The National Union of Mineworkers (NUM) plans to appeal a decision by Gold One Modder East Mine to dismiss 401 mineworkers.
The mining company took the drastic move after a group of workers was involved in two underground hostage situations late in 2023.
NUM deputy secretary-general Mpho Phakedi said the union will lodge an appeal through Gold One’s internal company policies to have the workers reinstated.
“We are going to represent those workers, they are our members. We will engage in an appeal and once the appeal is dealt with, we will see what to do,” said Phakedi.
“We might consider going to the CCMA [Commission for Conciliation, Mediation and Arbitration] if our appeal is unsuccessful.”
Phakedi said some of the workers who have been dismissed are unhappy with the mining company’s decision.
“We have been talking to our members, they are disappointed.”
On Monday, the mine’s head of legal Ziyaad Hassam said 140 employees are currently on suspension for their participation in the October and December hostage dramas.
He said the mining company’s disciplinary hearings are likely to take place next week.
Amcu criticises dismissals
President of the Association of Mineworkers and Construction Union (Amcu) Joseph Mathunjwa criticised the dismissals.
“The dismissal of any worker under the dire state of our economy is not welcome. This is not easy to surmount,” said Mathunjwa.
“The employer was too harsh. More than 400 families that had breadwinners will be affected.”
“The mine should be asking itself what frustrated those [dismissed] workers to be in that space [underground sit-in]. They were frustrated by the employer and NUM.”
Mathunjwa explained further: “Both of them did not do the ballot every two years to find out if the workers are still satisfied with the closed-shop agreement.
“Amcu is not officially recognised as a union at the mine. NUM must go and represent those workers.
“If they do not, those workers should lay a case against it at the Department of Employment and Labour because the NUM deducts monies from them every month.”
He said Amcu will monitor the situation closely.
“We will not leave these workers in a vulnerable situation after they were thrown in the pit by the brutal capitalist.
“If they are not represented by the NUM, we will assist them by taking their matters to the CCMA or the Labour Court.”
Hassam defended the mine’s dismissal of the mineworkers.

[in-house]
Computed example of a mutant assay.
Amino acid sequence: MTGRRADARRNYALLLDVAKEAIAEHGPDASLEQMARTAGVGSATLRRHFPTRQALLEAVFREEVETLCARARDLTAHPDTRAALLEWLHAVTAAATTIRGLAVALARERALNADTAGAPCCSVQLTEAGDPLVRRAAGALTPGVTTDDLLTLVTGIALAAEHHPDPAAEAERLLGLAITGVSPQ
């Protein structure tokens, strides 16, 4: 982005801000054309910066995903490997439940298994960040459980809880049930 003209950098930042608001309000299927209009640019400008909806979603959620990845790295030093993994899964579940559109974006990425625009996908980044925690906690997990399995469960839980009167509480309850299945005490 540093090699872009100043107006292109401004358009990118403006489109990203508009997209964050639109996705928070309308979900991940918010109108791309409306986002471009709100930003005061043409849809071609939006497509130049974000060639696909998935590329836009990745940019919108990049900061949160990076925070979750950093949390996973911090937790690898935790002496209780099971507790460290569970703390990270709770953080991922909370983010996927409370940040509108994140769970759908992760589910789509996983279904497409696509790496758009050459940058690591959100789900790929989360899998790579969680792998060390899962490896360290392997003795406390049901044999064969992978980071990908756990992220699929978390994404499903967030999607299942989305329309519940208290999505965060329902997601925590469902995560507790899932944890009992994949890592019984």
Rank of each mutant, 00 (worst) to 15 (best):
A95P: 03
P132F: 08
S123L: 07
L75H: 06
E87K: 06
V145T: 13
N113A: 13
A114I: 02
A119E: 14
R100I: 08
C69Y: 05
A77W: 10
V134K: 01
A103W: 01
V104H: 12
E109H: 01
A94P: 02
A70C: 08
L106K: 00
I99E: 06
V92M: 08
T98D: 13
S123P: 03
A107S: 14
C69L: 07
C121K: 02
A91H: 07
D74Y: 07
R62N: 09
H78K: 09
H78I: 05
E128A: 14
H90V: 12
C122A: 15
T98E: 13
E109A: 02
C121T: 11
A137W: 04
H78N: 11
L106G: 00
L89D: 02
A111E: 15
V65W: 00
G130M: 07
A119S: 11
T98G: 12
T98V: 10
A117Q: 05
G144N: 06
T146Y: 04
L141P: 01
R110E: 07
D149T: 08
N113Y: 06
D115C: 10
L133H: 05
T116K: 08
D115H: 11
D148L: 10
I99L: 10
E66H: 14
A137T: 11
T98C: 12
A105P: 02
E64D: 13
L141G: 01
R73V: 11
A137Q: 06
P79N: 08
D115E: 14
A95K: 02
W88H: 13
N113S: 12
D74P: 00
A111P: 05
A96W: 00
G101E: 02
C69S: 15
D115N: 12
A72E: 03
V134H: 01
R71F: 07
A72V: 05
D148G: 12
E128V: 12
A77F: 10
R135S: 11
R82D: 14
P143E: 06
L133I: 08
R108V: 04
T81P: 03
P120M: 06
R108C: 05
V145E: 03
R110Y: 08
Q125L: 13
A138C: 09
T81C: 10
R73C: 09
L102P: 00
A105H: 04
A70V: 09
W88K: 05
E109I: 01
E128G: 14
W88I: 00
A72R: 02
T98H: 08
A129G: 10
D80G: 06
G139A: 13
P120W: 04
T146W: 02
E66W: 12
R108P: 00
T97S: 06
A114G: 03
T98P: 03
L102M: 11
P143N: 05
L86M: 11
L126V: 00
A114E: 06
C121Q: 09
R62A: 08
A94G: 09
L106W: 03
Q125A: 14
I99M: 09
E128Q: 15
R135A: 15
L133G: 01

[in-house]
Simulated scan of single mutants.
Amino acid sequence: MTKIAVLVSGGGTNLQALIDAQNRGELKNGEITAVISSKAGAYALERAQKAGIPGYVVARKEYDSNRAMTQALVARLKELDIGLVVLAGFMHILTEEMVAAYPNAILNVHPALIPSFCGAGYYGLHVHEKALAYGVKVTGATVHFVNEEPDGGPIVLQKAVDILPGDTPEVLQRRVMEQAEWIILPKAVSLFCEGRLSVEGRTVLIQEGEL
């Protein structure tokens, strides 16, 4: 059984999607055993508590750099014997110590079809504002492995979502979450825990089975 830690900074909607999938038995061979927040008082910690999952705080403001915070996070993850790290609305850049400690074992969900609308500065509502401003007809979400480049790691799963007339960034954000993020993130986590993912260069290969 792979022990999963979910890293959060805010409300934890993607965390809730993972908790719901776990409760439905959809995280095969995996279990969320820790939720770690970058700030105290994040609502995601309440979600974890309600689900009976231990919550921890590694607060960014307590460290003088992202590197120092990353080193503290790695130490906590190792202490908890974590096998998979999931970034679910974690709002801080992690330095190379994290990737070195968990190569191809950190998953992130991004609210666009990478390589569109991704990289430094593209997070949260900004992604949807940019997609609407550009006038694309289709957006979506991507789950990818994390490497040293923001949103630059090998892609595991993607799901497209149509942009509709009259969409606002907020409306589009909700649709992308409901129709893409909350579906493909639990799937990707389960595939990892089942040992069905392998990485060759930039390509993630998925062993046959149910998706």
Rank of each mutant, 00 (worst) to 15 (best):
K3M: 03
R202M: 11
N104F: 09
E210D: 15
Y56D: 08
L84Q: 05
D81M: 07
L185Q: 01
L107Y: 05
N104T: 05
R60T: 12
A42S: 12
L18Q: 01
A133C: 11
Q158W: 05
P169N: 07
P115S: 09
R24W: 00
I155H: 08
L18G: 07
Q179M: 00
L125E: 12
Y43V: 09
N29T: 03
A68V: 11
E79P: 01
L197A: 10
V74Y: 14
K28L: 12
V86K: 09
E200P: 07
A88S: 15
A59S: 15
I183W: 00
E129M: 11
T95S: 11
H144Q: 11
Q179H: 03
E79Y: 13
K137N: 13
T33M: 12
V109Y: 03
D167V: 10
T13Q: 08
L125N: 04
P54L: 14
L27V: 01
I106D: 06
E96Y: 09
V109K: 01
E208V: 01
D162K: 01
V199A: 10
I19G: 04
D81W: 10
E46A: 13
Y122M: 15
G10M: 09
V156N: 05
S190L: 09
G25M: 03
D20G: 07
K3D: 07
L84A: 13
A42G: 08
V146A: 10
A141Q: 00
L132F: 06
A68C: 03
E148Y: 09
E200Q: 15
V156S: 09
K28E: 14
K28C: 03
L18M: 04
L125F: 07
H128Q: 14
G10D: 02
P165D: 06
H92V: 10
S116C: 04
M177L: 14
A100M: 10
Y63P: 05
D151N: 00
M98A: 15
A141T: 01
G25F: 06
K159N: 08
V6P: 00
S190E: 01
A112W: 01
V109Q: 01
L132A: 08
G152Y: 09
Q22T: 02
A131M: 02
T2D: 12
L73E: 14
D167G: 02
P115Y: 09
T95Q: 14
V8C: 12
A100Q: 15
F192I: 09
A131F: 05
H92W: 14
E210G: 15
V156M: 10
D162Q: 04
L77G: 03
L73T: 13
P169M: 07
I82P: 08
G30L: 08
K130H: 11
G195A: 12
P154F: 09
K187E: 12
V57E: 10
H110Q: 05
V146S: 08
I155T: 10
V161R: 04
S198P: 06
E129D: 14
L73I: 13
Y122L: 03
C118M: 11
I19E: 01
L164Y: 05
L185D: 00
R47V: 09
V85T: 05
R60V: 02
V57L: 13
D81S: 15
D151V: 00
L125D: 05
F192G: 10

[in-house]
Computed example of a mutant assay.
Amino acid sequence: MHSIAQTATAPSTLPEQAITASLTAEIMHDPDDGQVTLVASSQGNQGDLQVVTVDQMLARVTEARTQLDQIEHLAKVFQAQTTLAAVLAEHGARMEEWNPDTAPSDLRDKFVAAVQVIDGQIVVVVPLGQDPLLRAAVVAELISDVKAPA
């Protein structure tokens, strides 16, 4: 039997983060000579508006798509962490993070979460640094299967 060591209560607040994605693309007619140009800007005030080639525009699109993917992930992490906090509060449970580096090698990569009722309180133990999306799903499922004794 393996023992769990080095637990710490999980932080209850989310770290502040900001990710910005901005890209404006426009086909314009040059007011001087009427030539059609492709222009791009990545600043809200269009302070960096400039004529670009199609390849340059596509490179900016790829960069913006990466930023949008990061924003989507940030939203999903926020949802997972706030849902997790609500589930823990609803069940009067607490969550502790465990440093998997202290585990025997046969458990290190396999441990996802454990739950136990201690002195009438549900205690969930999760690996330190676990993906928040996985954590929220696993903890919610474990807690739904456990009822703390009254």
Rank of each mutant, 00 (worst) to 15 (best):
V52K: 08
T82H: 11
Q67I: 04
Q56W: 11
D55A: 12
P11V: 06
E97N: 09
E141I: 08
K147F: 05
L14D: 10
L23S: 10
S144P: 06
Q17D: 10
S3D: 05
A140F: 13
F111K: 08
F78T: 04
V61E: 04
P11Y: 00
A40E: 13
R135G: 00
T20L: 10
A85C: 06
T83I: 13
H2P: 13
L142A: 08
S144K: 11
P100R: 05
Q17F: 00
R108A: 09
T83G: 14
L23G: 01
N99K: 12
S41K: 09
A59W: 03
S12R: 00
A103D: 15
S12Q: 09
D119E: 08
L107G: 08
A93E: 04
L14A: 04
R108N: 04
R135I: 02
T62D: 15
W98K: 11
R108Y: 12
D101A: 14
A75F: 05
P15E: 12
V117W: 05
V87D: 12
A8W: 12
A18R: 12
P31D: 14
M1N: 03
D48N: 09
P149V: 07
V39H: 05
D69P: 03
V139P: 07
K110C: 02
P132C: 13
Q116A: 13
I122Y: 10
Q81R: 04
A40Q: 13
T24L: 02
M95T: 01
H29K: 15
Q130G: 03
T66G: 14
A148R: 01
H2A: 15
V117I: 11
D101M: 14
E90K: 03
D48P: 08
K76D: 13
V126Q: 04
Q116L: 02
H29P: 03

“We hope that would send a strong message to the rest of the workforce that whilst we welcome dialogue and are always available to resolve grievances that employees have, we do not and will not condone illegal and unlawful activity and actions which are in contravention with our code of conduct,” said Hassam.
“Actions which put the mine’s operations at risk, as well as the health and safety of fellow employees at risk, will always result in disciplinary action.
“The nature of the incidents of last year were incredibly serious, from a health and safety and operational perspective. They merited the severity of the action that has been taken by the mine as a consequence thereof.”
Hassam said the dismissals have “certainly left a void within our operational environment”.
“At this stage, we have had to reorganise teams to maximise the workforce that we still have at the mine.
“In the short to medium term, the priority will be to refill those vacancies left behind, starting with the skilled labour and those that require urgent refilling of posts.”
Risk to production operations
Labour expert Andrew Levy said Gold One must have sought legal advice before dismissing the workers.
However, Levy said the dismissal of more than 400 mineworkers could pose a huge risk to the mine’s productions operations.
“I do not think the mine took a decision of this magnitude without careful thought. I am quite sure the mine followed all the requirements of a dismissal,” said Levy.
“This [dismissals] could lead to a practical production risk. The people who were dismissed were highly skilled, received significant training and know how to do the work.
“These are not workers that could easily be replaced by finding people from the street. If the mine finds new employees, a lot of training is needed before they can start the job.
“It will be a matter of months after receiving training that the new employees can become productive. The dismissals will have a huge impact on the production efficiency.”
He added that the dismissals could also lead to more protests. “This may well trigger continued industrial action and disrupt the mine’s operations.”
In December, a hostage unfolded at the Springs-based mine where 447 people had gone underground to perform their duties.
The hostage lasted five nights from December 7 December 11.
It was motivated by protests against the dismissal of employees following the underground hostage drama in October.
In October, 15 mineworkers held about 540 other miners hostage. They were held against their will from the evening of October 22 until October 25.
Gold One said at the time that the miners affiliated to the NUM and who were keen to join Amcu were responsible for the hostage.
However, Amcu dismissed the allegations, saying the workers had voluntarily decided to stage a sit-in underground due to the mine’s delay in facilitating a process to allow them to join Amcu and get out of the closed-shop agreement between the mine and the NUM.